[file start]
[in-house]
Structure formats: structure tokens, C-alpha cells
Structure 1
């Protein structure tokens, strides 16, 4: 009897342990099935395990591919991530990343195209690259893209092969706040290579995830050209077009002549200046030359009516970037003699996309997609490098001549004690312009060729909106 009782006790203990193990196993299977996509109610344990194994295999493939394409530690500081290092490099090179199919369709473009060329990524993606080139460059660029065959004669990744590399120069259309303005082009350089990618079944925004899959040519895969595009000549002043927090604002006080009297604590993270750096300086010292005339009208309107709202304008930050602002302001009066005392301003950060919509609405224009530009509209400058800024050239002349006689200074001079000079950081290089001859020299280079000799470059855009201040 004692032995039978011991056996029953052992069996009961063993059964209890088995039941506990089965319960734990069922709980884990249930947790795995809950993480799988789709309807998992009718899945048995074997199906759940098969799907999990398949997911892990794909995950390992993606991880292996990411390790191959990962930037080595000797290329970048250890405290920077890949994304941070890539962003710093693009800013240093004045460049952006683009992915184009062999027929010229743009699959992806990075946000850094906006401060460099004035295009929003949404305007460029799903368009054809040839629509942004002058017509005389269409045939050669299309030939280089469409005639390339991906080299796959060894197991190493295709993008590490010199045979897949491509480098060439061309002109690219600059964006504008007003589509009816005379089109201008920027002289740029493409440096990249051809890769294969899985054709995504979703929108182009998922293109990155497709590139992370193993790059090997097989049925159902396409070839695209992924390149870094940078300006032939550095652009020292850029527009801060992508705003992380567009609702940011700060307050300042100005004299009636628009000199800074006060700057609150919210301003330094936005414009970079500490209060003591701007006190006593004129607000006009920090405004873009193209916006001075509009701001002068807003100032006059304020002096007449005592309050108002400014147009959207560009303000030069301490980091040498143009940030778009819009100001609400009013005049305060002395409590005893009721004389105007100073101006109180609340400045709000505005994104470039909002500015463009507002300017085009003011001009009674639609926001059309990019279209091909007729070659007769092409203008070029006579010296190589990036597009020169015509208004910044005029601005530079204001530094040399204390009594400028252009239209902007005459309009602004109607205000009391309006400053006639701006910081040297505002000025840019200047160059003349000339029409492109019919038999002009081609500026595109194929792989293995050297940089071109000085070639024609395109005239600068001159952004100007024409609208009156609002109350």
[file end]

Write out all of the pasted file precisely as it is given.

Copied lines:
[in-house]
Structure formats: structure tokens, C-alpha cells
Structure 1
């Protein structure tokens, strides 16, 4: 009897342990099935395990591919991530990343195209690259893209092969706040290579995830050209077009002549200046030359009516970037003699996309997609490098001549004690312009060729909106 009782006790203990193990196993299977996509109610344990194994295999493939394409530690500081290092490099090179199919369709473009060329990524993606080139460059660029065959004669990744590399120069259309303005082009350089990618079944925004899959040519895969595009000549002043927090604002006080009297604590993270750096300086010292005339009208309107709202304008930050602002302001009066005392301003950060919509609405224009530009509209400058800024050239002349006689200074001079000079950081290089001859020299280079000799470059855009201040 004692032995039978011991056996029953052992069996009961063993059964209890088995039941506990089965319960734990069922709980884990249930947790795995809950993480799988789709309807998992009718899945048995074997199906759940098969799907999990398949997911892990794909995950390992993606991880292996990411390790191959990962930037080595000797290329970048250890405290920077890949994304941070890539962003710093693009800013240093004045460049952006683009992915184009062999027929010229743009699959992806990075946000850094906006401060460099004035295009929003949404305007460029799903368009054809040839629509942004002058017509005389269409045939050669299309030939280089469409005639390339991906080299796959060894197991190493295709993008590490010199045979897949491509480098060439061309002109690219600059964006504008007003589509009816005379089109201008920027002289740029493409440096990249051809890769294969899985054709995504979703929108182009998922293109990155497709590139992370193993790059090997097989049925159902396409070839695209992924390149870094940078300006032939550095652009020292850029527009801060992508705003992380567009609702940011700060307050300042100005004299009636628009000199800074006060700057609150919210301003330094936005414009970079500490209060003591701007006190006593004129607000006009920090405004873009193209916006001075509009701001002068807003100032006059304020002096007449005592309050108002400014147009959207560009303000030069301490980091040498143009940030778009819009100001609400009013005049305060002395409590005893009721004389105007100073101006109180609340400045709000505005994104470039909002500015463009507002300017085009003011001009009674639609926001059309990019279209091909007729070659007769092409203008070029006579010296190589990036597009020169015509208004910044005029601005530079204001530094040399204390009594400028252009239209902007005459309009602004109607205000009391309006400053006639701006910081040297505002000025840019200047160059003349000339029409492109019919038999002009081609500026595109194929792989293995050297940089071109000085070639024609395109005239600068001159952004100007024409609208009156609002109350």